Medicare card details for sale on dark web

A trader is selling off Medicare patient details alleged to be from a government health agency.

The Medicare details of Australian patients are being sold online by a trader on the dark web, sounding alarms that the systems of a government health agency could have been compromised.

An investigation by Guardian Australia has uncovered the sale of Medicare card details on a dark web auction site popular for trading illegal products.

The dark web trader says in the listing that they have sold the details of at least 75 Medicare cards since October 2016 by "exploiting a vulnerability".

But the listing suggests the trader sold a large number before having to change their methods of accessing data.

Being used to promote what the seller has dubbed "the Medicare machine" is a logo for the Australian Department of Human Services.

The Minister for Human Services, Alan Tudge, addressed the vulnerability at a press briefing in Melbourne.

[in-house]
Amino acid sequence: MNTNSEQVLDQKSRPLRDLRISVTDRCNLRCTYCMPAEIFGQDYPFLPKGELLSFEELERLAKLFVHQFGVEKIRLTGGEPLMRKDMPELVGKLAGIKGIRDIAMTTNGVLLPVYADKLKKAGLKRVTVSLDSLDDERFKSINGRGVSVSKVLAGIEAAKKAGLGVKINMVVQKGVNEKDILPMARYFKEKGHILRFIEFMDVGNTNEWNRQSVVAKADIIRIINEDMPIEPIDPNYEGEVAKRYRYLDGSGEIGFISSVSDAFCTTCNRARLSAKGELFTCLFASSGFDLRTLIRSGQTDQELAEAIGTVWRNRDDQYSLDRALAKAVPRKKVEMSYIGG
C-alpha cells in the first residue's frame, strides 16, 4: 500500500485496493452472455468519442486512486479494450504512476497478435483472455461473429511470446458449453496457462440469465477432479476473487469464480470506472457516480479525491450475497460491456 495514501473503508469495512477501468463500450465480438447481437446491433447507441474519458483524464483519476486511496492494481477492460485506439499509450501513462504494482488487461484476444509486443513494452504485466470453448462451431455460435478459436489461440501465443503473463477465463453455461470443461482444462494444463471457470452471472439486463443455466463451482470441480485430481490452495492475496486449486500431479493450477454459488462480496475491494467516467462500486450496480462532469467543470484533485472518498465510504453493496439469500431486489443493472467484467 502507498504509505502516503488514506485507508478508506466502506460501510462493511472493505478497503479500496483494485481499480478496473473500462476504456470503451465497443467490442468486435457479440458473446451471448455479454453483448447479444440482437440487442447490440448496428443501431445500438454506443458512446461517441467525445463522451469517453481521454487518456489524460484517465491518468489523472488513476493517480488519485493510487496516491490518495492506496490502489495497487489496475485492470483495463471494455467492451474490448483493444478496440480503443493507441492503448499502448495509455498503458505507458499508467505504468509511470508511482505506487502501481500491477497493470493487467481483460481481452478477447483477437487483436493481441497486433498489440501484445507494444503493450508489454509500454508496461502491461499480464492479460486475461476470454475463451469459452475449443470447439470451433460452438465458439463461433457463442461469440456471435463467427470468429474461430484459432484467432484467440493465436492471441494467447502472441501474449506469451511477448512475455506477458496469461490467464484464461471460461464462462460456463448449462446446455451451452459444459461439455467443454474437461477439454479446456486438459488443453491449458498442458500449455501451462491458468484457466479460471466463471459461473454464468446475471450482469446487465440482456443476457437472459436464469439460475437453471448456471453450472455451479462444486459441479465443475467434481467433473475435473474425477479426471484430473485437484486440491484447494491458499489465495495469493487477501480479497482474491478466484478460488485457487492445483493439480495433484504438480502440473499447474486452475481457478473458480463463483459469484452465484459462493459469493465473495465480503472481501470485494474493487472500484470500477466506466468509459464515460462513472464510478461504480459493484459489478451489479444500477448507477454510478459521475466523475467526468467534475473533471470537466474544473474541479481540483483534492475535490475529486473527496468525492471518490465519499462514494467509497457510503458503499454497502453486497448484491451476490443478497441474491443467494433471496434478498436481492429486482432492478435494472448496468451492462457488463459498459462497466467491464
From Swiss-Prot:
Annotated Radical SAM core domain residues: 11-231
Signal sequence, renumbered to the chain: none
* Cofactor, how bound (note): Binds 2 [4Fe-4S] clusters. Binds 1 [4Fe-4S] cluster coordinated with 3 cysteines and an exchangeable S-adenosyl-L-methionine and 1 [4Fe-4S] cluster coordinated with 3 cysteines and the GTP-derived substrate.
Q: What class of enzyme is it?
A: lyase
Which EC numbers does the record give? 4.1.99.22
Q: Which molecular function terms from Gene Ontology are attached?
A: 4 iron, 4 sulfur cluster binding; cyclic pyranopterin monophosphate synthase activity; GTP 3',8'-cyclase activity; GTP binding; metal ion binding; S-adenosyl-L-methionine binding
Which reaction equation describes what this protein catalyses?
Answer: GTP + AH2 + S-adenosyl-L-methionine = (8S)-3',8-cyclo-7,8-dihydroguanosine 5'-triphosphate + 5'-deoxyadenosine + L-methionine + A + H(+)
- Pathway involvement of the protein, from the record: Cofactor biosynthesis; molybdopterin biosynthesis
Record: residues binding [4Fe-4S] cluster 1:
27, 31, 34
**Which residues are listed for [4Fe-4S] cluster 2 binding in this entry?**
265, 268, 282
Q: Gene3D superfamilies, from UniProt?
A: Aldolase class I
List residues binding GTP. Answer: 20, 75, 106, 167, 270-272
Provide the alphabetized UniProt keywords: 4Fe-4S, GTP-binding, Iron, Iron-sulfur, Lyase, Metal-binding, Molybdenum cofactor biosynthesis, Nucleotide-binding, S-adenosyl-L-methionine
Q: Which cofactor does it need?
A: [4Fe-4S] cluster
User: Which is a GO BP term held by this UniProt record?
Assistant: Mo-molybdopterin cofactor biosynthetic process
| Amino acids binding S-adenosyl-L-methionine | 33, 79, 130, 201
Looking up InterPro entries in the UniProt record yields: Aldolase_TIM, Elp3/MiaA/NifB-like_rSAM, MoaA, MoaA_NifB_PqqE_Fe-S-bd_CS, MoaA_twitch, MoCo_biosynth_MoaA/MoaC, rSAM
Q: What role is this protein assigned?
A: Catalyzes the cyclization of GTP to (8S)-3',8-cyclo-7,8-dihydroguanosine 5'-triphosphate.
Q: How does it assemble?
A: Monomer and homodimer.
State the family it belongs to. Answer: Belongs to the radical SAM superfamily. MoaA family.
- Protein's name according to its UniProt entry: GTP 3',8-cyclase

"The advice I have received from the Chief Information Officer in my department is that there has not been a cyber security breach of our systems.

"Rather it is more likely to have been a traditional criminal activity."

The service was verified when the journalist behind the investigation placed an order for approximately $30 and in return was given his Medicare number. This information was generated after he provided his name and date of birth.

The details of a Medicare card can be used to run fraudulent credit checks to purchase goods such as mobile phones, cars or property. They can also be used to defraud the government of Medicare rebates.

A Medicare card number alone cannot be used to obtain people's health records, says the minister.

"I have received assurance that the information obtained by the journalist was not sufficient to access any personal health record.

"The security of personal data is an extremely serious matter. Thorough investigations are conducted whenever claims such as this are made."

The Guardian reported the vulnerability to the Australian Federal Police prior to publishing. It is currently being investigated.